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September 25, 2013

MapR Gooses HBase Performance in Pursuit of Lightweight OLTP

Alex Woodie

MapR Technologies claimed this week that the latest update to its high-end Hadoop distribution can run HBase database applications up to 700 percent faster than before, which will pave the way for customers to implement more real-time, transaction-oriented applications in their Hadoop environments.

Hadoop is best known as a batch-oriented storage and analysis platform that allows users to ingest, store, and process huge data sets that would stop any other cluster dead in its tracks. The revolutionary approach to big data handling is having a ripple effect (some would say tsunami) across the global $4-trillion IT industry.

One of the trade-offs to implementing Hadoop is that data processing is typically batch-oriented in nature. You can now ask questions of ridiculously large data sets (as opposed to analyzing just a small sample), but it’s going to take a bit of time, not only to get the freshest data into the cluster, but to process it as well. People put up with this because Hadoop does things that simply aren’t possible elsewhere.

As one of the major distributors of the open source Hadoop framework, MapR Technologies has worked to eliminate some of the technical barriers that keep Hadoop confined primarily to batch workloads. It has also implemented features that are aimed at increasing the scalability and reliability of Hadoop.

Probably the biggest change that MapR makes is the re-architected storage system that it ships with its high-end M7 distribution, which is based on NFS instead of the Hadoop Distributed File System (HDFS). That re-architecting also involving eliminating the reliance on the Linux file system and Java API, eliminating single point of failure in with single name nodes, and enabling random read-write access to data, says Jack Norris, the company’s chief marketing officer.

“One of the reason there’s such a reputation in Hadoop for batch orientation is that the Hadoop Distributed File System is a write-once storage layer,” Norris says. “It works like a CD-ROM. You can write data into it, but if you have to update it…you have to physically close the file. So administrators usually set up some regular time period to close files and constitute the batch upload.

“With MapR,” he continues, “because we rewrote the storage layer, we support random read-write, so you can mount the MapR cluster and continue to stream data in, which means there’s no batch cadence, if you will, that’s required.”

MapR has not been shy about touting the performance aspects of its Hadoop distribution, including taking the top honors on the Yahoo Cloud Services Benchmark (YCSB) earlier this year.  That tune is not changing with the new version 3.01 release of the M7 distribution that it unveiled this week. To that end, the company says that performance tweaks in the new release allows it to run Hbase database workloads 400 to 700 percent faster than previous release.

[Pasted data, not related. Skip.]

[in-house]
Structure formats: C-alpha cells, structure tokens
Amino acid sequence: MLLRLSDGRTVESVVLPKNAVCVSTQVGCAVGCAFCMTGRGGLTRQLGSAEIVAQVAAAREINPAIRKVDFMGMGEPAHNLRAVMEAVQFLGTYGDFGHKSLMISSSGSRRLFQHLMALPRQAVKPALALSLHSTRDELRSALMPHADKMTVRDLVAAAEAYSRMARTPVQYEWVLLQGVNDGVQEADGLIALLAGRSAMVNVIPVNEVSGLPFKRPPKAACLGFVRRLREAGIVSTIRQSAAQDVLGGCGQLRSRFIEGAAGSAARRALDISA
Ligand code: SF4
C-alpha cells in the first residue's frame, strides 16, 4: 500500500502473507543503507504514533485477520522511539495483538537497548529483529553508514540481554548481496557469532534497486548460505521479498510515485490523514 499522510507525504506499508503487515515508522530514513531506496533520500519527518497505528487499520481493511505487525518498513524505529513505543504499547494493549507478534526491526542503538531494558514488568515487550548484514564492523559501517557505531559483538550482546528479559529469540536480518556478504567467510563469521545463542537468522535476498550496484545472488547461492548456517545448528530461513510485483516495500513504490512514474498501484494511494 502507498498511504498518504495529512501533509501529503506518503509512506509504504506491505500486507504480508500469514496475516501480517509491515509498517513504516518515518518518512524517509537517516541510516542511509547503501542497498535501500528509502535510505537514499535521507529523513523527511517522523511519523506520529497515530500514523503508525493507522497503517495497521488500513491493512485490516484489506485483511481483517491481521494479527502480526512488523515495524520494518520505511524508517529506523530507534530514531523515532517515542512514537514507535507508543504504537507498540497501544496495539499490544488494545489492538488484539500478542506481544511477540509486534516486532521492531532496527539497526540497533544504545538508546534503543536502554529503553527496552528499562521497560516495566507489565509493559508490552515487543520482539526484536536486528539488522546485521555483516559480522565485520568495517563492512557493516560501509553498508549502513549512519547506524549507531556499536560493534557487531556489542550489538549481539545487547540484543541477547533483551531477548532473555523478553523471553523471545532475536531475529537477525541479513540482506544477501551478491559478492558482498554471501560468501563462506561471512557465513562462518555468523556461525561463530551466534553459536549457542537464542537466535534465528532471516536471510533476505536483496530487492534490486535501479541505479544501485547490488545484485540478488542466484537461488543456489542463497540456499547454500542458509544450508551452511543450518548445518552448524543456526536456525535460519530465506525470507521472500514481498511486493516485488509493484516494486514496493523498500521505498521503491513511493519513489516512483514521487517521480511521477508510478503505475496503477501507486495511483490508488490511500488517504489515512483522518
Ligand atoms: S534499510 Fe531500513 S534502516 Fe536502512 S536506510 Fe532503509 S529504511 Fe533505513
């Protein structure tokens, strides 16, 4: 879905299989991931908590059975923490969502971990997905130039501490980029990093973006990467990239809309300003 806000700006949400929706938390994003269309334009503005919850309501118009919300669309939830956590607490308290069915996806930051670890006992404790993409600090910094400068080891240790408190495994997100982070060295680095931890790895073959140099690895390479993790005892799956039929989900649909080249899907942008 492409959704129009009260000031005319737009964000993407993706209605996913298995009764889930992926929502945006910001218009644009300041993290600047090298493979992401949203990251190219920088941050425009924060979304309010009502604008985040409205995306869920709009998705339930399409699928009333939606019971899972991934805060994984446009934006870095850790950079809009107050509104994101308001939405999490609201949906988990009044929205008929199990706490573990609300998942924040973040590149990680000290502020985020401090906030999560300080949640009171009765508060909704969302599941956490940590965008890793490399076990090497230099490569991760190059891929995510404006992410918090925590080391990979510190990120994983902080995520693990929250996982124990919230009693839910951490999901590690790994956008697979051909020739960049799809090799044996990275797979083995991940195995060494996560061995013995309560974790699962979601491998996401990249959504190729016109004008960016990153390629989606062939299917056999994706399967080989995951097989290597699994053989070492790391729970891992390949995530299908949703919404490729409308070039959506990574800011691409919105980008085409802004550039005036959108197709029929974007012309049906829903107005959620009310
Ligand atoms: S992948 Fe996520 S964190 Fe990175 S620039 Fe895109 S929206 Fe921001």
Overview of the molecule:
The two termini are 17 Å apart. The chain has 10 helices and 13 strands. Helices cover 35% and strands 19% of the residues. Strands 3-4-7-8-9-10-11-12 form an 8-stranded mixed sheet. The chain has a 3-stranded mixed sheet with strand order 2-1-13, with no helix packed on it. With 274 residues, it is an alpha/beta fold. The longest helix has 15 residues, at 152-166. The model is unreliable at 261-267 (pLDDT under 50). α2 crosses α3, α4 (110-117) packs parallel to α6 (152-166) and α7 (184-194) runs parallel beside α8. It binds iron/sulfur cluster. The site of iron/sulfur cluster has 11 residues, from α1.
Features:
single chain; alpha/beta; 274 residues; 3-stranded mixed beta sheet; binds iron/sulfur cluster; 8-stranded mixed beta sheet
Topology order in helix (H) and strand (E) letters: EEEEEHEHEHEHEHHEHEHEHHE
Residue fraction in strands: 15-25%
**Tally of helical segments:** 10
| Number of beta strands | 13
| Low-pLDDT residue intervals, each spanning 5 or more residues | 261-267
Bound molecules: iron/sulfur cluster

MapR says it has condensed and simplified the entire stack that connects Hadoop and HBase. “You can imagine different layers being written as you continue to write and update, and then periodically they have to be collapsed and rewritten and entered into the Hadoop file system,” Norris says. “With MapR, we’ve eliminated all these associated layers and made it direct random read-write. That results in much faster performance.”

The performance boost–combined with latencies that are consistently below 20 milliseconds–will allow developers to build new types of applications with MapR that would have been inadvisable to attempt to build using other Hadoop distributions, Norris says.

“It’s about supporting what I call lightweight OLTP, lightweight transactions,” Norris says. “It’s not like you’re going to take HBase and all of a sudden run an ERP on it. But you can do some pretty interesting database operations now integrated with Hadoop with HBase, and do them to support an online environment.”

Improving shopping recommendations in an online retail setting is one example of how the new performance capabilities can be utilized. Some online retailers are using MapR’s Hadoop distribution to analyze a shopper’s store-browsing or purchase history and make recommendations based on that. Making three really good recommendations to present to the shopper in a short amount of time can be a real challenge, Norris says, and the new Hbase performance capabilities can help.

The higher Hadoop-HBase performance can also come into play in the social media arena, including pushing ads to mobile devices. According to Norris, it will improve an organization’s capability to rapidly process clickstream feeds for the purpose of publishing targeted ads.

Other potential applications that could take advantage of the scalability advantages that MapR purports to possess include processing billing records in a telecom environment, and gathering and processing billing and usage data in a healthcare setting.

Minimizing lag times, or latency, in Hadoop and HBase apps is the key to taking advantage of the analytic processing capacity, Norris says. “If you get latencies that are 10 to 50 times slower, and you have these giant peaks and valleys, it’s difficult for a developer to roll out an application they are happy with happy,” he says. “Latency can impact not only application but user behavior.”

The version 3.01 release of MapR M7 Edition is available now. The software can be utilized in an on-premise manner, or deployed via Amazon Elastic Map Reduce (EMR) or the Google Cloud Platform.

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